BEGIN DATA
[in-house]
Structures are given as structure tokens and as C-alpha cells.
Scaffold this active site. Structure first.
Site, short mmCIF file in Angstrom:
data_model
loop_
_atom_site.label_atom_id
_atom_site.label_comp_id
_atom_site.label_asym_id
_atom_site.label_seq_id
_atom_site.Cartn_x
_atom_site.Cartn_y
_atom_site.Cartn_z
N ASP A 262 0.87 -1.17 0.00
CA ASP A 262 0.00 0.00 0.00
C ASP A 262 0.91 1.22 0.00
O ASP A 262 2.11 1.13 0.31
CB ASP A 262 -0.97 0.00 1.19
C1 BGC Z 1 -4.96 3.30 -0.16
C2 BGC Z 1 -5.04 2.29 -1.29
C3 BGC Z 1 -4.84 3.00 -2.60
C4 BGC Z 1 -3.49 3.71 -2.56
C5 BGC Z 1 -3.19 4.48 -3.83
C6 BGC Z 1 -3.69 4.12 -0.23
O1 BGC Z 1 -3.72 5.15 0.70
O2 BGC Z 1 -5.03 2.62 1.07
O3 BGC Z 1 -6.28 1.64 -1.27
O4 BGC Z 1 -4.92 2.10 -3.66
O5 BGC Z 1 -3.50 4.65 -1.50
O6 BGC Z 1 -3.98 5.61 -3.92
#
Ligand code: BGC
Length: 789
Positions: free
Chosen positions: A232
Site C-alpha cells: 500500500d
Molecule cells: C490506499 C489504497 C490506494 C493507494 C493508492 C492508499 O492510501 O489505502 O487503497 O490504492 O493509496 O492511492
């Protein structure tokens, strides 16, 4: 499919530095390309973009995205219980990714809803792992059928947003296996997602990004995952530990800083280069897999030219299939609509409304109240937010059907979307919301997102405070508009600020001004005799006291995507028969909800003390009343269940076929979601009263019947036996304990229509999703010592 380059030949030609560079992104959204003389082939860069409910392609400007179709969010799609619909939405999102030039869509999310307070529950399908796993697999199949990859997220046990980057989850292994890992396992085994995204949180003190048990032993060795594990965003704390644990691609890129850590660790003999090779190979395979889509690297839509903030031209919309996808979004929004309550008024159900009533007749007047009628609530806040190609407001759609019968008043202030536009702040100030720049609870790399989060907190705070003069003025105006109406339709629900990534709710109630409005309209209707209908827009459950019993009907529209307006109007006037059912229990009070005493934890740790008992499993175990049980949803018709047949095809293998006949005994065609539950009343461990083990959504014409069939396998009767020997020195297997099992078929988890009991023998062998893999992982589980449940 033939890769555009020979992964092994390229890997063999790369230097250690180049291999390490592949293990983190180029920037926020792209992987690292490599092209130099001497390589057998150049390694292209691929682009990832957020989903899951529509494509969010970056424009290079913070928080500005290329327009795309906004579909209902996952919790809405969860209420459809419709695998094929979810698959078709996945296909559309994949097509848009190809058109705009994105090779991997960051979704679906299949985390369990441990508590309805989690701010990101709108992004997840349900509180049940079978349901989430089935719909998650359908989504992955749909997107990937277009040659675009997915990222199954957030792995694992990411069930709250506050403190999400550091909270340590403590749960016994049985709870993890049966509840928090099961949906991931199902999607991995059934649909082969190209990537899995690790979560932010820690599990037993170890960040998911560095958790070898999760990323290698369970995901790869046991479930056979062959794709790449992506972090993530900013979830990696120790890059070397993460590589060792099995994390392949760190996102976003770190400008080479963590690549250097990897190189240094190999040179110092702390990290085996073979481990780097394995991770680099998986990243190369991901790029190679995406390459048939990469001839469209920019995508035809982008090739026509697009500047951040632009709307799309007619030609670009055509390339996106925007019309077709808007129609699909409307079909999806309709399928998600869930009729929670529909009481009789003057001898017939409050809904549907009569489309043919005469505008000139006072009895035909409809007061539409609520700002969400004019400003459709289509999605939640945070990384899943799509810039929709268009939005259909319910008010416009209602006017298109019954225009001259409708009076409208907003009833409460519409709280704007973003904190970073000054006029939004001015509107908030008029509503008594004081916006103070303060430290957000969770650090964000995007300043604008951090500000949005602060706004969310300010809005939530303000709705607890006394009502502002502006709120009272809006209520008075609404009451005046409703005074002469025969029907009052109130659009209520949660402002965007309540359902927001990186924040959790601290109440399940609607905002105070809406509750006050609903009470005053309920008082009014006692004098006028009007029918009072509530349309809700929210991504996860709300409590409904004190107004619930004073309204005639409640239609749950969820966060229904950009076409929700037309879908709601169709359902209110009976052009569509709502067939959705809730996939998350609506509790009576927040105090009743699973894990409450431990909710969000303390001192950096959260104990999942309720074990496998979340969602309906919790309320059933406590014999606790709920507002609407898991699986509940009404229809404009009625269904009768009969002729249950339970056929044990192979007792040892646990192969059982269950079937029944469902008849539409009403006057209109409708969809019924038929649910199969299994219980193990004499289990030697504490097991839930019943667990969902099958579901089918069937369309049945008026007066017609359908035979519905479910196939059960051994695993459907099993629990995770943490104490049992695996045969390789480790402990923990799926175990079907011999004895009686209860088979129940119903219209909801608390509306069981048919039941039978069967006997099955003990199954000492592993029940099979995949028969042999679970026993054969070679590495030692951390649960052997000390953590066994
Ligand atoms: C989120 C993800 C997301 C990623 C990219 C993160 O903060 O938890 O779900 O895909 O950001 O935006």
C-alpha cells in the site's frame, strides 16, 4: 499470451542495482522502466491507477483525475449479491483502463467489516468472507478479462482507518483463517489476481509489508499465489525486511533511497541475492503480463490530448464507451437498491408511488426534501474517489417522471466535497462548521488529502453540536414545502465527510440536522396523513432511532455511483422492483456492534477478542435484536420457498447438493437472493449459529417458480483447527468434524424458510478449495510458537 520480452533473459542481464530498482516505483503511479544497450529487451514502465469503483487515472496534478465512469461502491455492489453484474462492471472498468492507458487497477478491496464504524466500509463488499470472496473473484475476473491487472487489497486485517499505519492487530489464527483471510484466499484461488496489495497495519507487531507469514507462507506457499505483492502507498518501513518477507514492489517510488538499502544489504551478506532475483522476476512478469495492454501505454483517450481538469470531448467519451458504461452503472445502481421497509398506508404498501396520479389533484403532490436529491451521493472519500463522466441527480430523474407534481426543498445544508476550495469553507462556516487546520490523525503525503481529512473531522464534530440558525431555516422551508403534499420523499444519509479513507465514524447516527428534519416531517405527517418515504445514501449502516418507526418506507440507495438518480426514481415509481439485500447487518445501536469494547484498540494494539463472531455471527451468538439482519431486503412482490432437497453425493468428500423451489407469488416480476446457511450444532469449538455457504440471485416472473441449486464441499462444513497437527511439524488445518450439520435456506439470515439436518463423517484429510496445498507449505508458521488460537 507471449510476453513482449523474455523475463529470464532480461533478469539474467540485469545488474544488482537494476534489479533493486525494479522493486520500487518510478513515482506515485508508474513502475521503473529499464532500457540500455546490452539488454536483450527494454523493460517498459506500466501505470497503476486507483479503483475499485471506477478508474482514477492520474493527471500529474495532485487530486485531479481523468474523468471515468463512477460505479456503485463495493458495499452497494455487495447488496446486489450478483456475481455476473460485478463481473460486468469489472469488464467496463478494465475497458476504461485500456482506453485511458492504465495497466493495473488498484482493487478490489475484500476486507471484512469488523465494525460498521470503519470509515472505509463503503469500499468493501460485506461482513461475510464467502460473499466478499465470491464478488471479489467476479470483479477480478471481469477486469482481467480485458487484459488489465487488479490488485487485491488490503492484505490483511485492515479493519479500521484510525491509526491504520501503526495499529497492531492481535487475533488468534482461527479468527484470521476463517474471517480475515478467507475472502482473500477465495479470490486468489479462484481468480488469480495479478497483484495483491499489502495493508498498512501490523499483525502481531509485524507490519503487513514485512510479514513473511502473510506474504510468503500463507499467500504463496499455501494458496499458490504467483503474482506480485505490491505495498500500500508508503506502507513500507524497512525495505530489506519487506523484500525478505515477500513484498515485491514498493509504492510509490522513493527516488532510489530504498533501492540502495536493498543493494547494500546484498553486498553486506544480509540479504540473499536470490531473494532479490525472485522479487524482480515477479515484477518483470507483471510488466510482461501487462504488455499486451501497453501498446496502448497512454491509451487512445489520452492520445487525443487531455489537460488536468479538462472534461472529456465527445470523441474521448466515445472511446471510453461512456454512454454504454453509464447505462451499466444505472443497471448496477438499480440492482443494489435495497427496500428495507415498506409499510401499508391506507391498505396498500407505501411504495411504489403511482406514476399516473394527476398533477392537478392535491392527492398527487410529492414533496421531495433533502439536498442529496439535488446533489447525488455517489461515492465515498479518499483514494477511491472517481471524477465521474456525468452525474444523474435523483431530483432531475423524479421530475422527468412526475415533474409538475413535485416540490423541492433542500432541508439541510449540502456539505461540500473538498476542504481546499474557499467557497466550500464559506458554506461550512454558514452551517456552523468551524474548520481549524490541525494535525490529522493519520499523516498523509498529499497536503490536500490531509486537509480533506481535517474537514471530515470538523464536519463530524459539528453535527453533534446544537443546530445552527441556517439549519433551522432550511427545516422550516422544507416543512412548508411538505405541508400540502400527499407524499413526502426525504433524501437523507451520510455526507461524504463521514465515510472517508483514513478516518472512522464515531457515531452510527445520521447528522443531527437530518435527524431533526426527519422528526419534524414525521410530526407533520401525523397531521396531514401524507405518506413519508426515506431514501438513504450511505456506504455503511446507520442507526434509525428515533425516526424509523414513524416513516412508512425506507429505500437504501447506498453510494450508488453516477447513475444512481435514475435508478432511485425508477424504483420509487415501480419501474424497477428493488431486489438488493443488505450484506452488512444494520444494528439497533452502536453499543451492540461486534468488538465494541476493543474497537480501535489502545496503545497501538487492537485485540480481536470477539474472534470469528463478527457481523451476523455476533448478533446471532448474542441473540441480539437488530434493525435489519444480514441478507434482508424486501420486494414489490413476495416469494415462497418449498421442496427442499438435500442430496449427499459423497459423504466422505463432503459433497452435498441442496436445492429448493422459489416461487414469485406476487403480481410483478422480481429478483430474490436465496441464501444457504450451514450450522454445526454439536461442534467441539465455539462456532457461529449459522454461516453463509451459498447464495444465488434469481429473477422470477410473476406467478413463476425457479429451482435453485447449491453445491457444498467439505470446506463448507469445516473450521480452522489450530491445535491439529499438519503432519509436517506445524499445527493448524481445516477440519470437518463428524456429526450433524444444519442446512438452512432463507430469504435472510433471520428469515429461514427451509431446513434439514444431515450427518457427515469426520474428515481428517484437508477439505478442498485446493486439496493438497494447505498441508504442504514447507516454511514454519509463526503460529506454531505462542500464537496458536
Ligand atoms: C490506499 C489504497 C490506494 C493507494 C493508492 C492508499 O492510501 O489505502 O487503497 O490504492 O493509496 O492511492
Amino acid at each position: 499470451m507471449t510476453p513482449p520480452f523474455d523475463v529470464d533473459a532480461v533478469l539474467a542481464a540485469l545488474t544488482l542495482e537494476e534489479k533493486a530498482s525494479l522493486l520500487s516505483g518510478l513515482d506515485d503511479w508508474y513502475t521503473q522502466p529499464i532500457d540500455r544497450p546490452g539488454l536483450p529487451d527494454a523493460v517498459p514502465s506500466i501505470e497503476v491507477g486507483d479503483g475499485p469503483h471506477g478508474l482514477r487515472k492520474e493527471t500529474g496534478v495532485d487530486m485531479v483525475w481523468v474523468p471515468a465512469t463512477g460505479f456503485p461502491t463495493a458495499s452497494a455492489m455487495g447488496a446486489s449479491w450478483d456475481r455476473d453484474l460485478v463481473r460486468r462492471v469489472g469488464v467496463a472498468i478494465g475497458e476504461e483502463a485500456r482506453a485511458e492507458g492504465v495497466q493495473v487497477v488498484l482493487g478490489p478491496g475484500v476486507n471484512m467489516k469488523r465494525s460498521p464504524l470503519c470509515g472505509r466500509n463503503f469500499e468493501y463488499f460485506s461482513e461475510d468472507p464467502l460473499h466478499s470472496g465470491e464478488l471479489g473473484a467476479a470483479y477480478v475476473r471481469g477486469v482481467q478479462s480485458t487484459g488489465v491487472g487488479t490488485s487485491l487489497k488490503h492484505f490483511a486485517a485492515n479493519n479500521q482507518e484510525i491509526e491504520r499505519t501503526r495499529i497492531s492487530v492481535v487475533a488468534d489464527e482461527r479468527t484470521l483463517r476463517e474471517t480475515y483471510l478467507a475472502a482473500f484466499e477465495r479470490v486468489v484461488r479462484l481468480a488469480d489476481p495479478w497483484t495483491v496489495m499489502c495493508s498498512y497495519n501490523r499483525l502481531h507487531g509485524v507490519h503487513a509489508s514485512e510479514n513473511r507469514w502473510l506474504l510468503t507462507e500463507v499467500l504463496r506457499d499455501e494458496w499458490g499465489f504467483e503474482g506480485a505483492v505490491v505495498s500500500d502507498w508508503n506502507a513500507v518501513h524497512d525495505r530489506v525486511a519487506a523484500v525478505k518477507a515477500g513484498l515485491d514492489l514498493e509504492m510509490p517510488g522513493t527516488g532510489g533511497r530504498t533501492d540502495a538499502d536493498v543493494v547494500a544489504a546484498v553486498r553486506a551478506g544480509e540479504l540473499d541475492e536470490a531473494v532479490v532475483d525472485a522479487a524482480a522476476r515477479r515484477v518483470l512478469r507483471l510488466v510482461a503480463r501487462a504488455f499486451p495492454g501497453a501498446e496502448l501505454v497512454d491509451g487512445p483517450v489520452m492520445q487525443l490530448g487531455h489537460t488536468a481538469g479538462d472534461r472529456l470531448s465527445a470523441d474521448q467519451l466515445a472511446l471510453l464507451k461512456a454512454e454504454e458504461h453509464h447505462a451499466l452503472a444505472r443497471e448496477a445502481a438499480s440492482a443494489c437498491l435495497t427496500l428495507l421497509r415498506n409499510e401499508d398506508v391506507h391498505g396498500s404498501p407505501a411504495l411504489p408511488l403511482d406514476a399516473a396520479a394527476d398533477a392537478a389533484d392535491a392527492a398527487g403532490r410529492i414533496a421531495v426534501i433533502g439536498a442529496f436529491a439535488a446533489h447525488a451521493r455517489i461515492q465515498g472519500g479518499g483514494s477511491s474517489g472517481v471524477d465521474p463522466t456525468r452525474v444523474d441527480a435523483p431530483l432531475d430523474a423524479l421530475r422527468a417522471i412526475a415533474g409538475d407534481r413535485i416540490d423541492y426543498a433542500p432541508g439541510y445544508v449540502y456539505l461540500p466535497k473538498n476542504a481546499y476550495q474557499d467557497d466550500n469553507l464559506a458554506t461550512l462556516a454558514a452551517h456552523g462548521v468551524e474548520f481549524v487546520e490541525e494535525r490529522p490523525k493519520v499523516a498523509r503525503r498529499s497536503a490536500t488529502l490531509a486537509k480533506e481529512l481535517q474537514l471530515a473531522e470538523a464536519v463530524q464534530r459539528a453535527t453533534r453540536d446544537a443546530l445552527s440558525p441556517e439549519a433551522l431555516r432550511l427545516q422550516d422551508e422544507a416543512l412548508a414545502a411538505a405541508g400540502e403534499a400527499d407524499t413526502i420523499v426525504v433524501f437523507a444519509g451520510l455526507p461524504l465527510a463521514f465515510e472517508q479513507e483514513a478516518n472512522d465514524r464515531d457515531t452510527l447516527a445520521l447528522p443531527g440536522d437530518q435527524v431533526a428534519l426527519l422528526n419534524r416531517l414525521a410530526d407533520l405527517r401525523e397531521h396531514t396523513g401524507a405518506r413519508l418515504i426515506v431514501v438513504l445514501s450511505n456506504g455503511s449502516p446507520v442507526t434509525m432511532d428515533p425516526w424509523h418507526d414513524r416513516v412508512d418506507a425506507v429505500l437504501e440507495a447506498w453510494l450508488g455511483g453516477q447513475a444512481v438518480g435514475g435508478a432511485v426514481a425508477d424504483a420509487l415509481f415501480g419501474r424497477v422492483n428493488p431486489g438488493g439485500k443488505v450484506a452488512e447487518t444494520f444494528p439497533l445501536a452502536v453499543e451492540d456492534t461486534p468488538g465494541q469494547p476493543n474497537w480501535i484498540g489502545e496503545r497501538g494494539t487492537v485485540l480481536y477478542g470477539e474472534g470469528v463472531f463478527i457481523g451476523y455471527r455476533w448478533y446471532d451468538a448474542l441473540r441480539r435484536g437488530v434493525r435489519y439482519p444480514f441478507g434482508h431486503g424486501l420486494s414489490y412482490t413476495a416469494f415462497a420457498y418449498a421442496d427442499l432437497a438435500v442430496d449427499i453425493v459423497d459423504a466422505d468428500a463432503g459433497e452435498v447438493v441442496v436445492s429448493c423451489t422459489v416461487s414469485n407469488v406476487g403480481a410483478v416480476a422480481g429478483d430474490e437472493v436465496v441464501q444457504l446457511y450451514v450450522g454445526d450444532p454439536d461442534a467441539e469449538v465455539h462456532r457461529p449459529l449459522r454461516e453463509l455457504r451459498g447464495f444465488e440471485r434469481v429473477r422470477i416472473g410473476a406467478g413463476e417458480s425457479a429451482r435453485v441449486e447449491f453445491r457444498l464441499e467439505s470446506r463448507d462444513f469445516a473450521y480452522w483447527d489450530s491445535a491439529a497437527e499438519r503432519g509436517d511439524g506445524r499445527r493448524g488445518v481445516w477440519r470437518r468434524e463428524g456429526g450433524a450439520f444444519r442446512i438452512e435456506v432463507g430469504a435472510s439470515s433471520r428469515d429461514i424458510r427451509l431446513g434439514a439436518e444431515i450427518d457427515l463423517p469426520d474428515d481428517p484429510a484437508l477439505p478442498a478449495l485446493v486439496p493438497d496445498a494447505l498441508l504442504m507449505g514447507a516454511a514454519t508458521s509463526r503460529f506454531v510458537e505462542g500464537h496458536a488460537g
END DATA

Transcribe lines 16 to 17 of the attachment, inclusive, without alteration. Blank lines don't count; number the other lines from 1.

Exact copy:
C ASP A 262 0.91 1.22 0.00
O ASP A 262 2.11 1.13 0.31